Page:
1
  • If you have any quotes or pictures to back this up, that would be great. Otherwise, good answer.
    – CHEESE
    Feb 16 '16 at 1:44
0

I would say it works like a dimmer switch. One switch just controls off and on while the other can control blade length and intensity while also controlling the on off capabilities. Redundancies built into the weapon to make it more useful. This also explains why Darth Vader comes out at different speeds. Sometimes he uses the blade length adjustment knob sometimes he uses the on off switch

1
  • 1
    This is reflected in Legends (if not canon). If you could find the source for that and include it, it would make your answer a lot better.
    – amflare
    Nov 17 '17 at 19:43
-2

I think the answer is simple, you can turn the light saber on from two locations, the adjustment button and the activation matrix. You clearly see Fin start the lightsaber from the adjustment button and that movie is canon so that mean it can be started from there. You also see Luke start it from the activation matrix so you can start it from there too. It’s got 2 power buttons, simple.

1
  • 1
    Nah, just a goof. Even the director admitted it
    – Valorum
    Dec 25 '17 at 8:51
-2

I'm Star Wars fan almost for 20 years, and I remember that in old sources Younglings and Padawans has to HOLD the button if they want lightsaber to be on, and when they were ready, they adjust switch which can be blocked in ON mode (for example to throw saber). BTW there are flashlights that have similar two switches, one to push and blink, the other to slide and be on still.

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  • 3
    Which "old sources"?
    – Valorum
    Jan 16 at 8:33
-3

If you look closely their fingers lineup to both of the buttons so obviously they're turning it on and adjusting the blade at the same time by pressing both simultaneously

-3

calm down. Lightsabers are actually activated by pressure, not a switch. The people who activated it before could have just pressed it on a different area. Besides this movie is forty years old it would make sense that they could've gotten it mixed up in production.

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    True; I forgot internal consistency was only invented in 1989.
    – jwodder
    Dec 1 '17 at 0:21
  • 1
    We already have an answer indicating that it was a mistake. It doesn't really seem necessary to back down to saying it might have been mixed up. Also, you provide no citation for the assertion that the other area is a valid location while several well cited answers assert the reverse.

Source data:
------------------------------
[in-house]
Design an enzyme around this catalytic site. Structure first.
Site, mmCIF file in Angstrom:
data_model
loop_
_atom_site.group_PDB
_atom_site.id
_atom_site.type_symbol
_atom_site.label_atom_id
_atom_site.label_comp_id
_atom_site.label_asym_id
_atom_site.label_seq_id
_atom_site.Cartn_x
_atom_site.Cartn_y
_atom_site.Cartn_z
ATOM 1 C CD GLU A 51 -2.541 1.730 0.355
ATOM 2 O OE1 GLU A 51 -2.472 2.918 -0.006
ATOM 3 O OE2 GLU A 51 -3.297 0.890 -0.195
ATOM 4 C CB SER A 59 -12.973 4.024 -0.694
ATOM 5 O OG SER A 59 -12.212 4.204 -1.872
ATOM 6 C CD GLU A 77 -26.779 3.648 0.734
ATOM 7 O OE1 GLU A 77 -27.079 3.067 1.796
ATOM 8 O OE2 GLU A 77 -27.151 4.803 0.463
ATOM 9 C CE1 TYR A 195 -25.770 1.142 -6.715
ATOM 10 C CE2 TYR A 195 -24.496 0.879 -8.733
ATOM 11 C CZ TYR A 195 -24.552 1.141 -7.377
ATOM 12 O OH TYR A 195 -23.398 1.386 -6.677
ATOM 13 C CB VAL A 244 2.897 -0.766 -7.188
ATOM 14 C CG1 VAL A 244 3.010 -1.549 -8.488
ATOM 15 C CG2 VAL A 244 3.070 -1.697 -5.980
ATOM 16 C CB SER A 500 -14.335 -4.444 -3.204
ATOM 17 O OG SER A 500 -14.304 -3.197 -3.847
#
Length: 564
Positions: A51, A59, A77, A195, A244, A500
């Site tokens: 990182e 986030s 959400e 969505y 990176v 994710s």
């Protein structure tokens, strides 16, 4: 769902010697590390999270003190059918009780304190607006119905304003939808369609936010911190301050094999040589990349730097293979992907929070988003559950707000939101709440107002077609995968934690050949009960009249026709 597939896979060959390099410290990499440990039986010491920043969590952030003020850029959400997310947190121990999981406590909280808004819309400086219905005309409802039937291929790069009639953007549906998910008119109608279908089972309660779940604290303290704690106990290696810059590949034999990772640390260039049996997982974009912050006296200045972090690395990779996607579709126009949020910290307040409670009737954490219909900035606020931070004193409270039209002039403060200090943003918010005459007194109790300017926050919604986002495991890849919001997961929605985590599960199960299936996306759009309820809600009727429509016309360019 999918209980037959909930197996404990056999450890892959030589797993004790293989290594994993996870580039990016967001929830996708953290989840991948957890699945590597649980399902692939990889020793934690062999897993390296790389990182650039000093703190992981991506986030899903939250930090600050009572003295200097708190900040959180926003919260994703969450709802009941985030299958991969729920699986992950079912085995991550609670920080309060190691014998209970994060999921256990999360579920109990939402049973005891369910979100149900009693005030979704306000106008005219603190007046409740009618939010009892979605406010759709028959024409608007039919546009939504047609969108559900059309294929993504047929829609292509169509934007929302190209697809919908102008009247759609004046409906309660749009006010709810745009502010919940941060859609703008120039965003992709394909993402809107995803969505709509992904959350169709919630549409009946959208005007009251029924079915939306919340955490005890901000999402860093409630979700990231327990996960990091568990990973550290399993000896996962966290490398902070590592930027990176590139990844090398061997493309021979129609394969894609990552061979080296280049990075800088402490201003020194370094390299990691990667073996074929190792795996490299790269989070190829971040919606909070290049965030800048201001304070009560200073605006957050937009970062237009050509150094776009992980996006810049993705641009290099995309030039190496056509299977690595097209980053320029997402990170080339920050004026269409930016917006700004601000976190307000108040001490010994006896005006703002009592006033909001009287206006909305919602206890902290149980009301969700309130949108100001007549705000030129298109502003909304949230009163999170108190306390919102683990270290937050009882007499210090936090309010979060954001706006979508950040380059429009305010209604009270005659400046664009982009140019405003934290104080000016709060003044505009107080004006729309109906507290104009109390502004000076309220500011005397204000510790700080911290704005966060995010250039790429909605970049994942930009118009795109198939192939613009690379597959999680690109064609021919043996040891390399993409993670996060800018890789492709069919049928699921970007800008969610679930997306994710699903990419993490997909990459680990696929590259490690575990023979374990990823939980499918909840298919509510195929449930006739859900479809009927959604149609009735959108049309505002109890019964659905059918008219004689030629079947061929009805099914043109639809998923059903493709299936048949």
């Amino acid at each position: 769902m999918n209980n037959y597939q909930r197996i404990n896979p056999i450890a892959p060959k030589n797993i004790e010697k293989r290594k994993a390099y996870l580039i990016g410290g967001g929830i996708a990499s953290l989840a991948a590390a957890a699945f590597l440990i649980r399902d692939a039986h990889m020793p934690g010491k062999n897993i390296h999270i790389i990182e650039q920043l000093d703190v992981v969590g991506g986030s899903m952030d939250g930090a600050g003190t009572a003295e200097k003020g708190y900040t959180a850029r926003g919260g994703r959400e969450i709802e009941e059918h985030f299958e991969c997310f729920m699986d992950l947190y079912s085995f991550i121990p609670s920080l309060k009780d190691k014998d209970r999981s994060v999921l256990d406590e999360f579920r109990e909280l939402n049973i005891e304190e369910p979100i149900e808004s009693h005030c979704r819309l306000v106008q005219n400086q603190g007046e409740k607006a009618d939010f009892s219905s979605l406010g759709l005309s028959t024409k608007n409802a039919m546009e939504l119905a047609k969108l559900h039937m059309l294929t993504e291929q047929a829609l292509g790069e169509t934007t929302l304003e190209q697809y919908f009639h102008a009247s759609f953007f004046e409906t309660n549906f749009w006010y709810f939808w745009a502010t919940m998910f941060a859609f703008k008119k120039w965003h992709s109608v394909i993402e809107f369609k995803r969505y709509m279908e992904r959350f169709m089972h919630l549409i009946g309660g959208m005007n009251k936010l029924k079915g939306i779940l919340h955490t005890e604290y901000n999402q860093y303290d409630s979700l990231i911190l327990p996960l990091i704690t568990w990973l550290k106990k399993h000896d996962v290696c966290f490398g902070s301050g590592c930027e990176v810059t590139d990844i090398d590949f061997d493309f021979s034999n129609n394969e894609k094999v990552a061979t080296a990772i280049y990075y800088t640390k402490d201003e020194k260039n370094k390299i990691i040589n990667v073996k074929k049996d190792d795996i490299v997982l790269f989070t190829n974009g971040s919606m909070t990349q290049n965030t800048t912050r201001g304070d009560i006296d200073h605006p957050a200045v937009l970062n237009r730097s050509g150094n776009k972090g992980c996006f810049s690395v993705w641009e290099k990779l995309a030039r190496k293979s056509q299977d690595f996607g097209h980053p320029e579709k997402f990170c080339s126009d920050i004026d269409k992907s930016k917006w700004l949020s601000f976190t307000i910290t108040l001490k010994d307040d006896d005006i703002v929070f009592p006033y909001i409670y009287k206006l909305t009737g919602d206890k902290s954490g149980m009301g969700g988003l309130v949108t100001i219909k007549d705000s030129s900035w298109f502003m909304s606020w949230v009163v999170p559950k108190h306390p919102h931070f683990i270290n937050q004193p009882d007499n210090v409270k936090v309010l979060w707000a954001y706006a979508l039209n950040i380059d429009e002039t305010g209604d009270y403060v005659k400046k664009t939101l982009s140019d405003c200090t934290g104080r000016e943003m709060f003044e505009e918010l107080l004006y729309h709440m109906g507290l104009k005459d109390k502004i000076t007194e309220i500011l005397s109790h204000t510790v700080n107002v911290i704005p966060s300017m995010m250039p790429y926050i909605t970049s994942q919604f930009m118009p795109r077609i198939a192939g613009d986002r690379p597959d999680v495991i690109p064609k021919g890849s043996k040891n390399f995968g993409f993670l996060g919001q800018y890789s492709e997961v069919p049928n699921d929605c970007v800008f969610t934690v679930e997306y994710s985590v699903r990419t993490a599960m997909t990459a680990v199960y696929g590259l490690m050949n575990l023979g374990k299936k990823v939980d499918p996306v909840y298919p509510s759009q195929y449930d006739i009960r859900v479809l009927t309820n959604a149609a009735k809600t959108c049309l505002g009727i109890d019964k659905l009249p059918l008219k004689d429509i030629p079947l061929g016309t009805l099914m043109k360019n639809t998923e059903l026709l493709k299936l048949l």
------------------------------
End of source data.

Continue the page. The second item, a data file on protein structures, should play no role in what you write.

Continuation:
– Brythan
    Dec 1 '17 at 0:21
-4

Anakin probably wired multiple activation buttons just in case he turns it off mid battle. Then he could use a button in a different location to make sure it stays on. There could be many different buttons on anyone's lightsaber.

1
  • Can you provide sources for your answer?
    – Edlothiad
    Jun 2 '17 at 15:40
-5

Jedis tend to make their own light sabers and can fiddle around with button configurations howsoever they wish. Ask anyone who has programmed a macro for playing a MOBA or MMORPG and they'll tell you the power of custom mapping.

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  • 2
    Except this question is about why different people turn on the same exact lightsaber using different buttons. We're not talking about all the various lightsabers constructed by various Jedi; we're talking about one particular lightsaber, originally constructed by Anakin Skywalker, tried out by his wife Padmé, inherited and lost by their son Luke, recovered by Maz Kanata, and used by Finn and Rey... and it seems every one of those people use a different button to turn it on.
    – Martha
    Jan 24 '16 at 0:00
  • 1
    Perhaps I'm being unclear here- my point was that once the light saber ends up in a Jedi's hand, they can reprogram the trigger button howsoever they wish.
    – Broklynite
    Jan 24 '16 at 10:48
  • 2
    Are you telling me that in the few short seconds after Padmé picked up her husband's lightsaber, she reprogrammed the thing to use a different trigger button? What about Finn? When did he have a chance to fiddle with the saber, and how the heck did he learn how to do so?
    – Martha
    Jan 24 '16 at 18:34
  • I hadn't realized the timing was that close together- never watched the movies, not my kind of thing.
    – Broklynite
    Jan 24 '16 at 22:17
  • 1
    @JohnBell nope. Not my taste. Tried 'em, didn't like 'em. Ditto Harry Potter.
    – Broklynite
    Jan 25 '16 at 22:07
-5

I noticed that right away. The way Rey and Finn turn it on, seemed to me just a stupid mistake. Obviously the young actors grew up with silly cartoon versions and prequel of SW (where is not clear which button they switch, since it changes all the time), they do not know where the actual switch on button was in the original trilogy (where Luke actually turns on the lightsaber always in the same rectangular spot in the middle of the handle, and the replica has the exact same design), and apparently no one, either in pre-production, or on set of Ep.VII TFA, bothered to check for continuity purpose, not even the director! Lame...